January, 2015


Diario decided to take a trip to Tlapehuala, Guerrero, in search of one of the most representative objects for Mexican culture.


It is well known sombreros are an important part of daily life in Mexico. Not just because they are a beautiful garment, but because of their functionality for sun protection. Moreover, sombreros are an object embraced by Mexican culture and will continue on transcending through time.

These are the main reasons why Diario decided to take a great challenge and went on a trip to Tlapehuala, Guerrero, a small town in southeastern Mexico, in search of one of the most representative objects for Mexican culture.

Meeting Mr. Limones

At Tlapehuala I met Mr. Limones, he as other producers near this region owns a workshop where he manufactures different kinds of sombreros. Its production is the main economic activity for many people in Tlapehuala, workshops and knowledge are inherited through generations.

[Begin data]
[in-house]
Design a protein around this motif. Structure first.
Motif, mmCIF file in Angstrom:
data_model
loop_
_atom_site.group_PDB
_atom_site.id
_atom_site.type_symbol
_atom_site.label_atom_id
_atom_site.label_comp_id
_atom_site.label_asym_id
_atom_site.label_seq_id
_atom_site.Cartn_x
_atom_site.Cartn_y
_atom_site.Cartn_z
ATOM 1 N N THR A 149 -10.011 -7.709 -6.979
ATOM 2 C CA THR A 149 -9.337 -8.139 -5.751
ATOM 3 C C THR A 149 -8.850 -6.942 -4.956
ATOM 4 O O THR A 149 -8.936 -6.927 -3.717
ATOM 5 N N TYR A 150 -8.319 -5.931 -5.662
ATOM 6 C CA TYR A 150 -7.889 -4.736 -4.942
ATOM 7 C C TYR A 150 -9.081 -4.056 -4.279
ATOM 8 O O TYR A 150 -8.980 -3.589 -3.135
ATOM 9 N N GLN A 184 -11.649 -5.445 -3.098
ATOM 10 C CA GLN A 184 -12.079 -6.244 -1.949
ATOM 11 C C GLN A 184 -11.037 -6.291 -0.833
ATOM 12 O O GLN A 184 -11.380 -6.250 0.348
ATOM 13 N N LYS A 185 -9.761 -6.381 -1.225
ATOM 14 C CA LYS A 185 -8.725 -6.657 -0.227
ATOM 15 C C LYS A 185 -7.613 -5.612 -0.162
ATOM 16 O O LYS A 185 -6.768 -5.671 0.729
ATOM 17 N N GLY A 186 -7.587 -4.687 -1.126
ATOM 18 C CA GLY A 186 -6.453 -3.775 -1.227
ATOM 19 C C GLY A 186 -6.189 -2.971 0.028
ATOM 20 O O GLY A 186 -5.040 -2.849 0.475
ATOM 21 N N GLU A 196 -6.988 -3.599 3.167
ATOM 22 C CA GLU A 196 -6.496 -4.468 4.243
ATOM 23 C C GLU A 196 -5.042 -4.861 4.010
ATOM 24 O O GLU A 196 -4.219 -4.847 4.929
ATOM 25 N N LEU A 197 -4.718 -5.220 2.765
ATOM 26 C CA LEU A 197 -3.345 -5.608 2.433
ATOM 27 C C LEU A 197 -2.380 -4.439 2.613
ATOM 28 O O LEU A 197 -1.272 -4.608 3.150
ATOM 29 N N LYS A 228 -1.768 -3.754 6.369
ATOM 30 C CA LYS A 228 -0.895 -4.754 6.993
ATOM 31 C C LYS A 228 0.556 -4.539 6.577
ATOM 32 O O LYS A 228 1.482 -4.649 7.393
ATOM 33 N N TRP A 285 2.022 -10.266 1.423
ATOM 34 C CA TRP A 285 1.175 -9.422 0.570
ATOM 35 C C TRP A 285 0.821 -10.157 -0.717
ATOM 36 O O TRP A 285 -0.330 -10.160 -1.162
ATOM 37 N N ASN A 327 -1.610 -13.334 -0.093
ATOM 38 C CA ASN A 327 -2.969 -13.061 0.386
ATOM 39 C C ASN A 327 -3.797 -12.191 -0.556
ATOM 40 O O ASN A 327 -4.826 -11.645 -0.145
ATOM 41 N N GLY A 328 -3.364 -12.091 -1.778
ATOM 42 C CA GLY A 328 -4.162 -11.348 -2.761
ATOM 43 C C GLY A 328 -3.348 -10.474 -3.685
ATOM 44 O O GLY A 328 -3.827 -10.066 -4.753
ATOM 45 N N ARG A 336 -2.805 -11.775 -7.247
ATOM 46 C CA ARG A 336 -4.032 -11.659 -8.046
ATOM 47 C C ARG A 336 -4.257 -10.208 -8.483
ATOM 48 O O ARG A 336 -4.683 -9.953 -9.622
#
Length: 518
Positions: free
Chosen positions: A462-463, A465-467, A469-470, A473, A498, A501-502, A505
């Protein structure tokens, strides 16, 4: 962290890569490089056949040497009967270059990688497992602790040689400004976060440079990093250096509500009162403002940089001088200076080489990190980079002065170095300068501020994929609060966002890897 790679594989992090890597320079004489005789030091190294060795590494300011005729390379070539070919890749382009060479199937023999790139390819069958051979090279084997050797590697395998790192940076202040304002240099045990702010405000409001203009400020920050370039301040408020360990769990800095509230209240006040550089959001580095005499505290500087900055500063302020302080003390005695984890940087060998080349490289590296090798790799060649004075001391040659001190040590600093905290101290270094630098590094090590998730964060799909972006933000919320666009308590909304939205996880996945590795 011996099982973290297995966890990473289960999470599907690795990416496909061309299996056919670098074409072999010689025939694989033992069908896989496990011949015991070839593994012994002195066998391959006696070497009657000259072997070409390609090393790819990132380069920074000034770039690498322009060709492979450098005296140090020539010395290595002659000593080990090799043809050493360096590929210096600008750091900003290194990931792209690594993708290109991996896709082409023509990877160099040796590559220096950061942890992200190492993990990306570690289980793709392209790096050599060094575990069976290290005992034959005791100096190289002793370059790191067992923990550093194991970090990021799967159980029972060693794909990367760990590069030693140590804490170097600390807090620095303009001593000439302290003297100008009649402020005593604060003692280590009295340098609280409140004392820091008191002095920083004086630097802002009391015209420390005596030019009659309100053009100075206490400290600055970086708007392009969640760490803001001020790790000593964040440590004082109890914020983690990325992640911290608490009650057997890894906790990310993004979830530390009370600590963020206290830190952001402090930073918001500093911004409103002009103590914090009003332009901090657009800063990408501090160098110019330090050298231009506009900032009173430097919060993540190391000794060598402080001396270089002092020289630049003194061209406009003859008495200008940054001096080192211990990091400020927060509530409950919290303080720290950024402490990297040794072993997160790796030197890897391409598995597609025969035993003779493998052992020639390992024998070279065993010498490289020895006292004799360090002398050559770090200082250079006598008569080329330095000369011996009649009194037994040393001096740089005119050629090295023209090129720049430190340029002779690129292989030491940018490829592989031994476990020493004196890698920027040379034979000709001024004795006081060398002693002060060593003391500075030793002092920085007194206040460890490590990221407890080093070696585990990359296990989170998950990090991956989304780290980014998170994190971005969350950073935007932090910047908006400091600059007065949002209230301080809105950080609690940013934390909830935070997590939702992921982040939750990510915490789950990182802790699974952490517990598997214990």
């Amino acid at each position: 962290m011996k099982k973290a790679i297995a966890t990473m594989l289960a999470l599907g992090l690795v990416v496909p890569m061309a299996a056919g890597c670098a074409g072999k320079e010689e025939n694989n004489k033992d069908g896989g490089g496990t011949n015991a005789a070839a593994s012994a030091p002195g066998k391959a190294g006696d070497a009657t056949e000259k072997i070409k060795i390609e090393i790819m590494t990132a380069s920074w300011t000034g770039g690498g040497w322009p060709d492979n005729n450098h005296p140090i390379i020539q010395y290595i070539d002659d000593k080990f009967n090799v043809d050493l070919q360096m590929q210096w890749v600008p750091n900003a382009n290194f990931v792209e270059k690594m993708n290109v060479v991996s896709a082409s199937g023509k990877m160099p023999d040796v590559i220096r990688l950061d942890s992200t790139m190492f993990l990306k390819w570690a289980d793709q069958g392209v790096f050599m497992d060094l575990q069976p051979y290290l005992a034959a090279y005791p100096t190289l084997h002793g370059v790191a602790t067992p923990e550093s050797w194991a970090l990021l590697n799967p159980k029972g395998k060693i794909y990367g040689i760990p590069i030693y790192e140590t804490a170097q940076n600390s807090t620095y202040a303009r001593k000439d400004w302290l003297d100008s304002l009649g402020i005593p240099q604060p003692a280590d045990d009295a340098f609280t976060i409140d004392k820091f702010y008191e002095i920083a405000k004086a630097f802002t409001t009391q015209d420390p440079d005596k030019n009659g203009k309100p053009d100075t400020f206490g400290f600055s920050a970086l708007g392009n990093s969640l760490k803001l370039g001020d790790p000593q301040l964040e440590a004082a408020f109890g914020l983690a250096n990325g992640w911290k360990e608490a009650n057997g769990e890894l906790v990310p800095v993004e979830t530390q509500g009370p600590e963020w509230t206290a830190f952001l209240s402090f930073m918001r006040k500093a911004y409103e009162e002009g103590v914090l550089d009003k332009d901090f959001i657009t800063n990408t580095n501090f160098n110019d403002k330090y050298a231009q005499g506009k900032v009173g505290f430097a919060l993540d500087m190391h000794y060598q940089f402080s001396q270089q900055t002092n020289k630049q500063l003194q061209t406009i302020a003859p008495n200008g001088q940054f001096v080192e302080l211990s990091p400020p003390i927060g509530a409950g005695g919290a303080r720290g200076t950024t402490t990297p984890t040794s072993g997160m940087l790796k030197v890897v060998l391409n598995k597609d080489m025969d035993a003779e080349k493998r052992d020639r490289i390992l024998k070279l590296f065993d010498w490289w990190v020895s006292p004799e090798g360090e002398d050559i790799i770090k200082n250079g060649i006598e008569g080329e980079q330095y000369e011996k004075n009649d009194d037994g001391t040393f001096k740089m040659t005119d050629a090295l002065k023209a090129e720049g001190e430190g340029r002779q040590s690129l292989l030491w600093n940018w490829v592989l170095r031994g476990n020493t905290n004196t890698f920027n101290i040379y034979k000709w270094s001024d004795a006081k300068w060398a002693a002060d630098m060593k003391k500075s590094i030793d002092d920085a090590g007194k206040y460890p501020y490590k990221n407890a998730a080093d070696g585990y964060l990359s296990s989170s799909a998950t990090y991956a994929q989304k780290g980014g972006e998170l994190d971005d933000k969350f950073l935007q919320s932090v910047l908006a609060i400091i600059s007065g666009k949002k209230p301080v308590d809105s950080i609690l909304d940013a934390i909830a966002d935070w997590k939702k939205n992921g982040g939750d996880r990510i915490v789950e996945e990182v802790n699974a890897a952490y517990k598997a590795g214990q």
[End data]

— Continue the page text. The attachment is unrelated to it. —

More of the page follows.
As I learned more about these objects and how they are made, a special one caught my attention. It is known as sombrero Calentano, and besides being beautiful, Sr. Limones taught me it is the first kind ever made in Mexico.

Sombreros at Tlapehuala are made by selecting the palm leaf which is woven in large ropes, then these are sewn with cotton thread. Finally they put them into metal molds and are heat pressed to get the shape.

I was very interested in the process of how they sew the woven palm leaf exclusively with white cotton thread with the purpose of hiding the seam. This was the main detail Diario decided to make evident for redesigning the sombrero.

Diario added color to the cotton threads and left palm leaf as natural. We created three different combinations achieving to change completely the look of the sombrero, renewing this everyday Mexican object.

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